A lot or a little?
The parents' guide to what's in this TV show.
What parents need to know
Parents need to know that Project Mc2 aims to dismantle stereotypes associated with STEM (science, technology, engineering, and math) subjects by casting four diverse, intelligent teen girls as math and science whizzes who are recruited by an elite, all-female conglomeration of secret agents. The girls are racially diverse, and even though they share an interest in math and science, their specialties (physics, programming, chemistry) are different, which makes them a great team. They value their friendship and work well together, especially under the direction of an independent, accomplished female mentor.
What's the story?
When the new girl in school sparks the curiosity of best friends Adrienne (Victoria Vida), Bryden (Genneya Walton), and Camryn (Ysa Penarejo) in PROJECT MC2, they team up to discover the secret behind her suspicious behavior. What they learn is that McKeyla (Mika Abdalla) is actually a secret agent working for Innovate, an elite team of women who secretly run the world, and she's been assigned to their town because of threats made on a visiting dignitary. But far from suffering consequences for their discovery, the three friends are recruited by Innovate's leader, the Quail (Danica McKellar), to train as operatives themselves, thanks to their superior intellect and problem-solving skills.
Is it any good?
In a media climate that often feels heavy on teen sex, fighting among girls, and bullying, this wholesome series centers on girls who are so busy excelling in school that they don’t have time for such nonsense. Not only do they make being the smart kids look cool, their accomplishments also earn them some pretty enviable (if mostly unbelievable) jobs as undercover agents. And with the highly intelligent Quail as their mentor, these girls quickly come to realize that there's no limit to what they can do.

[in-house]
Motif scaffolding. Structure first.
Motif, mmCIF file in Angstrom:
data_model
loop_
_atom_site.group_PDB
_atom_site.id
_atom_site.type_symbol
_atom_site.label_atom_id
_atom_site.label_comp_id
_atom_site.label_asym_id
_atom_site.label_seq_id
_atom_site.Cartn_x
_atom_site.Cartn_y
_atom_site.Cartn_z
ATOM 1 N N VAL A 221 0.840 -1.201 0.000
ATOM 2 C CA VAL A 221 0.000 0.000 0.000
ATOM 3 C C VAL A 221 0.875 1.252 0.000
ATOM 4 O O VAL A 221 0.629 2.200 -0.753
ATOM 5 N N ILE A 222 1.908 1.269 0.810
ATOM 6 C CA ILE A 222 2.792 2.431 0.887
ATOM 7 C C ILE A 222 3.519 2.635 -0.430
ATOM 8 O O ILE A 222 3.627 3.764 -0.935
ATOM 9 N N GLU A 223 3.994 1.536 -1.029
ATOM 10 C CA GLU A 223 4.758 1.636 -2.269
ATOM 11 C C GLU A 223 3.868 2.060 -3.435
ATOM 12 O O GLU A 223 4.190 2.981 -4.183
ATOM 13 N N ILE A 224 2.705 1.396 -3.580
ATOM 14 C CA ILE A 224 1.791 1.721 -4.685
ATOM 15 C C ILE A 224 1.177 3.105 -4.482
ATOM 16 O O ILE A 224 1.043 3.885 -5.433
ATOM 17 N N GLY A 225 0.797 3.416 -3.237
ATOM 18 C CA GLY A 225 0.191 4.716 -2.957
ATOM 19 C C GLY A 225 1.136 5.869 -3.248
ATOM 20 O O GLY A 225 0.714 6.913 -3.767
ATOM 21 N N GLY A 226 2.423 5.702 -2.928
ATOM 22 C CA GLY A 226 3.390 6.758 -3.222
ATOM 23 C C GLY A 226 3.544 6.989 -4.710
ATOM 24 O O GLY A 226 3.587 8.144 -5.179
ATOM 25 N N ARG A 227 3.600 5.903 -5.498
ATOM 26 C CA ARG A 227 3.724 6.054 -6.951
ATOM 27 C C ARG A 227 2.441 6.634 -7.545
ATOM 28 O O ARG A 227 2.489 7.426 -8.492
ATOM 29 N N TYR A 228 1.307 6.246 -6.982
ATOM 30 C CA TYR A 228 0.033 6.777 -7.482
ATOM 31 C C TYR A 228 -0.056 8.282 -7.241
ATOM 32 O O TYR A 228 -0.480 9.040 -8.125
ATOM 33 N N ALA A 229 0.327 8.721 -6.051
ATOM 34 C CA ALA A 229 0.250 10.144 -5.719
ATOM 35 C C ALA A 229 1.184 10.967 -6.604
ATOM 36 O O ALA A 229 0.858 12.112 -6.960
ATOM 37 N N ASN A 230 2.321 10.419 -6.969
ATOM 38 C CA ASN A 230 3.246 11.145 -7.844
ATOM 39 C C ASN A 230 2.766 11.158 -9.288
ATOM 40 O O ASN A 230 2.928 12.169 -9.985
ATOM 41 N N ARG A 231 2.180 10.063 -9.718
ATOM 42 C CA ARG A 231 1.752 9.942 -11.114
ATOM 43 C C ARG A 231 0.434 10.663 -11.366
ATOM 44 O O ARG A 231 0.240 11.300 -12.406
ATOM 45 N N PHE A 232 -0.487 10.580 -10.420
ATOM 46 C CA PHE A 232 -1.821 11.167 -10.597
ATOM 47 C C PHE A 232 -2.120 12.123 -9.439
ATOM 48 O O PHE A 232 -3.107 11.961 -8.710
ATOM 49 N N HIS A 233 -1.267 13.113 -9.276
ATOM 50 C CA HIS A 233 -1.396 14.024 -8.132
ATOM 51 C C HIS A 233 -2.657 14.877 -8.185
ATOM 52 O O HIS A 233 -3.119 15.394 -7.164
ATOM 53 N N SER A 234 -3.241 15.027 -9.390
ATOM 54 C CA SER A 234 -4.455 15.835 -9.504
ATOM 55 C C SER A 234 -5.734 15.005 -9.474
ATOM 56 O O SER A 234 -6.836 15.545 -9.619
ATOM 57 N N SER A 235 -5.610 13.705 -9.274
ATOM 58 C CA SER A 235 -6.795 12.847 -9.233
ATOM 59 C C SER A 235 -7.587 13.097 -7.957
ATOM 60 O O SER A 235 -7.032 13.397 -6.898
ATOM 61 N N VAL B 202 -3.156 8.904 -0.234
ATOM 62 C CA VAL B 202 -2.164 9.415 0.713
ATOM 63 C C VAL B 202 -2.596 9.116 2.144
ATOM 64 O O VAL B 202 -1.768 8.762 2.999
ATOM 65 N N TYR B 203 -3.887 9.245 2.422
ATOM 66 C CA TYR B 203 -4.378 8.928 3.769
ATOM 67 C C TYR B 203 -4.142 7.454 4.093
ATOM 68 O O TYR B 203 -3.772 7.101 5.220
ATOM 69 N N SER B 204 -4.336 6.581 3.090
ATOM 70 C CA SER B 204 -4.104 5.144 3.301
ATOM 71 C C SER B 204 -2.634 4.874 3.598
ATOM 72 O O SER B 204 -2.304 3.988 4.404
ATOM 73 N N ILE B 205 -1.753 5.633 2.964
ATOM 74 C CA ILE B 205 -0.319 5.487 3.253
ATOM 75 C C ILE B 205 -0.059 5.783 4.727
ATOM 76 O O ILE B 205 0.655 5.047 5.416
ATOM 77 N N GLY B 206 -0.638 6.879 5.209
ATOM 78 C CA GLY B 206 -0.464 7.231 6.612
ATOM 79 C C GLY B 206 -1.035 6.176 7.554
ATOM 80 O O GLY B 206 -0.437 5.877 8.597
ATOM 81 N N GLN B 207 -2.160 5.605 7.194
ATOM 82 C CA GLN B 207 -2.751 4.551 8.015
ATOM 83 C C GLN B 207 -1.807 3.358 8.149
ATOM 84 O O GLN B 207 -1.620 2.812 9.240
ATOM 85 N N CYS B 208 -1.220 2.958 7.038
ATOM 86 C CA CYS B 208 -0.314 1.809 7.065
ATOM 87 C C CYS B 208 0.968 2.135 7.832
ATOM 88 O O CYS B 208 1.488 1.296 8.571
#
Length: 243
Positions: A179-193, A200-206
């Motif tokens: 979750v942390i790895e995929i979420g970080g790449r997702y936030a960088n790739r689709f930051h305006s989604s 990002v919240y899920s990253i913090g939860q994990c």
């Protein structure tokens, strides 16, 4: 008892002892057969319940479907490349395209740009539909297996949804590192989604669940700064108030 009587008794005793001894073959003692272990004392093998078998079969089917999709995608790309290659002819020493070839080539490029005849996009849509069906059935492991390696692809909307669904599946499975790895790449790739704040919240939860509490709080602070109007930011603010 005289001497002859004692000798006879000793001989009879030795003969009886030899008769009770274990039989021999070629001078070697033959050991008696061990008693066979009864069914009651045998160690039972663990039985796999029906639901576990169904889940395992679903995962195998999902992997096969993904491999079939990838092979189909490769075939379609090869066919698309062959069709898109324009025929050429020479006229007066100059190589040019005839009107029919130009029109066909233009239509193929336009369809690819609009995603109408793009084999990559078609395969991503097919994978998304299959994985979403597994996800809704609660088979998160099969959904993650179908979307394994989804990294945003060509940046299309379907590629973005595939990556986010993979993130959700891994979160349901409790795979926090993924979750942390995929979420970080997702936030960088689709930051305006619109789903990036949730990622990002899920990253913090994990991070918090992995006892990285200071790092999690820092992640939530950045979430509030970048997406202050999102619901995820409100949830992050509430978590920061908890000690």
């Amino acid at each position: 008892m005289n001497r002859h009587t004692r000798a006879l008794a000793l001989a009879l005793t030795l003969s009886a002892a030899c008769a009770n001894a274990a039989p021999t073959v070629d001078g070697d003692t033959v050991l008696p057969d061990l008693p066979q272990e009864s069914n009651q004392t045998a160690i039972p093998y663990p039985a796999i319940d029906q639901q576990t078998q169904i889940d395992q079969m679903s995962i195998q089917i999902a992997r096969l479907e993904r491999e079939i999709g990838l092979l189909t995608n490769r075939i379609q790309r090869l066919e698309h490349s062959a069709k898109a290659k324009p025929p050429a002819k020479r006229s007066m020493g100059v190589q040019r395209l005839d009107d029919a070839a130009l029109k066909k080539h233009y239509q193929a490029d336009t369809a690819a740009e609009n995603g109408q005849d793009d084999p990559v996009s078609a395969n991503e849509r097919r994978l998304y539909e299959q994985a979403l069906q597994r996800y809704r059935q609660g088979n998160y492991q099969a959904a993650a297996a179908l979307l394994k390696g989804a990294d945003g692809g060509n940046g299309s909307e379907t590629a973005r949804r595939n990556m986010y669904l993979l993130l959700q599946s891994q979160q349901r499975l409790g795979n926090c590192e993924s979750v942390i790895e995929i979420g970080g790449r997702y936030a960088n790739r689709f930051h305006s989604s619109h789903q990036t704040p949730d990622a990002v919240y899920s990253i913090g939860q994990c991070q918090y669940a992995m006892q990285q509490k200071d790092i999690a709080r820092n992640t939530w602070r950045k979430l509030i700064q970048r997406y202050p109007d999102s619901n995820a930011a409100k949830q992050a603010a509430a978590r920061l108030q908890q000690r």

Even though Project Mc2 touts girl power at its finest, there's no reason to rule out boys as potential viewers as well. Especially if yours have an interest in math or science, there's plenty to keep their interest in the characters' experimentations with various gadgets and concoctions. If nothing else, at least they'll see some fun applications of math and science skills at play.
Talk to your kids about ...
Families can talk about Project Mc2's intent. What does it try to teach about science or math? What does it have to say about gender stereotypes as they relate to these subjects?
Are all these girls good role models? What qualities do your tweens admire in them? Why is it important to identify role models and be inspired by them?
Did your tweens learn anything about science or math by watching this show? What applications of the characters' knowledge look the most interesting to them?
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